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Journalist sentenced to 20-year jail term under terror law

IFJ condemns brutal jail term for Sri Lankan journalist Tissainayagam

(IFJ/IFEX) - 31 August 2009 - The International Federation of Journalists (IFJ) today condemned a 20-year jail term against senior Sri Lankan journalist J.S. Tissainayagam as "brutal and inhumane" and accused Sri Lankan authorities of abusing anti-terror laws to silence peaceful critics.

The High Court of Colombo today convicted Tissainayagam, a prominent Tamil journalist, of "causing communal disharmony" and "receiving money from Tamil Tiger rebels to pay for his website".

He was detained last year and later charged with inciting violence in articles in his magazine, the North Eastern Monthly, which has since closed. The landmark ruling makes Tissainayagam one of a handful of journalists in the world to be convicted of terrorism for the content of their journalism.

"This man has been victimised for no more than holding the Government to account and giving voice to legitimate if critical opinion," IFJ General Secretary Aidan White said. "The sentence is disproportionate, brutal and inhumane and is a chilling reminder of how dangerous Sri Lanka has become for independent journalists."

The IFJ is one of the international press freedom and rights groups that have been campaigning for Tissainayagam's release and for Sri Lanka to tone down anti-terrorism legislation which is being used against government critics.

On March 7, 2008, Tissainayagam was detained without charge by the Terrorist Investigation Division (TID) of the Sri Lankan police. At the time he was the editor of an online newspaper, OutReach.sl.com. He was held for more than five months before being charged with publishing and distributing a magazine containing material alleged to have brought the government into disrepute.

Earlier this year, United States President Barack Obama named Tissainayagam as an "emblematic example" of the "distressing reality" of courageous journalists who face intimidation, censorship and arbitrary arrest for their professional work.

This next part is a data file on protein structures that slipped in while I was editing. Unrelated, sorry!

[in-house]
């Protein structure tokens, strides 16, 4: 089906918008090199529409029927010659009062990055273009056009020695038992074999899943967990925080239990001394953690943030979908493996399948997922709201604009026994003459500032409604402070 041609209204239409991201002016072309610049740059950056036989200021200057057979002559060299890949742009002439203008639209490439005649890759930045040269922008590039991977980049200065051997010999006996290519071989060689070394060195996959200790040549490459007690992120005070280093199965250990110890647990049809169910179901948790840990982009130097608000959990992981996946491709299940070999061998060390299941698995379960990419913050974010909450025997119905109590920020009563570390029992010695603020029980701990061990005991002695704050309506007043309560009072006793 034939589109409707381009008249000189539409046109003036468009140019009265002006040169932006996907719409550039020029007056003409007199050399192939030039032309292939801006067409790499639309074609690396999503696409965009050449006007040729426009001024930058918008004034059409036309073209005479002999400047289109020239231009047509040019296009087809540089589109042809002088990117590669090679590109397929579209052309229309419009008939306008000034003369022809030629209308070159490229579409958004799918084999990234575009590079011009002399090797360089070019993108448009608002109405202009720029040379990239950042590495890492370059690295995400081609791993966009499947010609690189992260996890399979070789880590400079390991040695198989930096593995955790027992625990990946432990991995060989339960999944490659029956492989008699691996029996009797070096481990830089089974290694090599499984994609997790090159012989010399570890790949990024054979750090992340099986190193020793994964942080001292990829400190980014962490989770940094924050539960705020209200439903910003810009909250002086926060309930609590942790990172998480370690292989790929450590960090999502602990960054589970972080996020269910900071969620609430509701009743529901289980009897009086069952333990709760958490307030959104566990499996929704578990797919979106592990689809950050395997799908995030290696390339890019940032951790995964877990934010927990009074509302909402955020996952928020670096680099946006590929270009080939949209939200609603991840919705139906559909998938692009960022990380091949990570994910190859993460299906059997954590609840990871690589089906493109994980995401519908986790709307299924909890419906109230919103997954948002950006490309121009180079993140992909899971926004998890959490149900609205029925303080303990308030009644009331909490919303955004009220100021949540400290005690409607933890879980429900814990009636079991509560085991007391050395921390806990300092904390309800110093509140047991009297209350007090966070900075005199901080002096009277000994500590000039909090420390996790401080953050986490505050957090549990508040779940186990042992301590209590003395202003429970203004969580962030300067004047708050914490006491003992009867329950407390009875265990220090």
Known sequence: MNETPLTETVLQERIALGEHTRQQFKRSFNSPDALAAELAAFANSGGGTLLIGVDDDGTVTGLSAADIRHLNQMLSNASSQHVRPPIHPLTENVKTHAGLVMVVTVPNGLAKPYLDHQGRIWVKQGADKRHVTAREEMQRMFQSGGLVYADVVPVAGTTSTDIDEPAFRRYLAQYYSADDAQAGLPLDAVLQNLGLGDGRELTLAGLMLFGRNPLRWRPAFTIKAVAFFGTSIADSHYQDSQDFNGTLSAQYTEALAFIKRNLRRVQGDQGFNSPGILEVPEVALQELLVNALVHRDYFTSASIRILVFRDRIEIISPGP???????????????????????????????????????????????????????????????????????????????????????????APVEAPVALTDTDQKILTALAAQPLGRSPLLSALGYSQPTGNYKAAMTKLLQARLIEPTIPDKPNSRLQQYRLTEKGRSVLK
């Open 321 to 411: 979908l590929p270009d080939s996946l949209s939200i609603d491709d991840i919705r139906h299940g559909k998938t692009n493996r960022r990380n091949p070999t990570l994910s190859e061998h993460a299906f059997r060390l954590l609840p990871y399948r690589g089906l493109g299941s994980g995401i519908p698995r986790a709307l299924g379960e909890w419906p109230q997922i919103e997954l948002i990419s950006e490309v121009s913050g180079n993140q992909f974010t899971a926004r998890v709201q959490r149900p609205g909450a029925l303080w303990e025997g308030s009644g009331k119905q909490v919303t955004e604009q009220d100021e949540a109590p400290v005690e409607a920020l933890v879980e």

"The IFJ is anxious over the welfare of Tissainayagam in prison," White said. "Sri Lankan authorities must ensure he is housed in a safe environment and has access to medical assistance for his deteriorating health."

The Colombo High Court found Tissainayagam guilty of inciting ethnic and racial disharmony, of printing and publishing such material, and of collecting money for the North Eastern Monthly from NGOs.

However, defence lawyers said there was no evidence of attempts by Tissainayagam to stir up religious, racial or regional conflict. He was being accused only because he is a Tamil, they said, and because of his criticism of government and state security forces. The charges against Tissainayagam and two colleagues, Jesiharan and Valarmathi, were laid under the Prevention of Terrorism Act (PTA), a draconian and "temporary law" that has remained on Sri Lanka's statute books since it was introduced in 1979.

Since Tissainayagam's arrest, the IFJ has been concerned about his treatment in detention, including how he was tortured to make a confession. He was held without explanation for more than 150 days, during which time he was reportedly tortured and denied medical treatment. Court hearings were postponed arbitrarily and a human rights case lodged by his lawyers was not properly investigated.

The IFJ says Tissainayagam's prosecution and conviction is symbolic of crumbling press freedom in Sri Lanka, where at least eight journalists have been killed since 2007. Others have been beaten, harassed, detained and threatened with death. Many journalists have been forced to leave the country for their safety.

"We will not give up our campaign for Tissainayagam," said White. "He should be released and this terrible injustice undone immediately."

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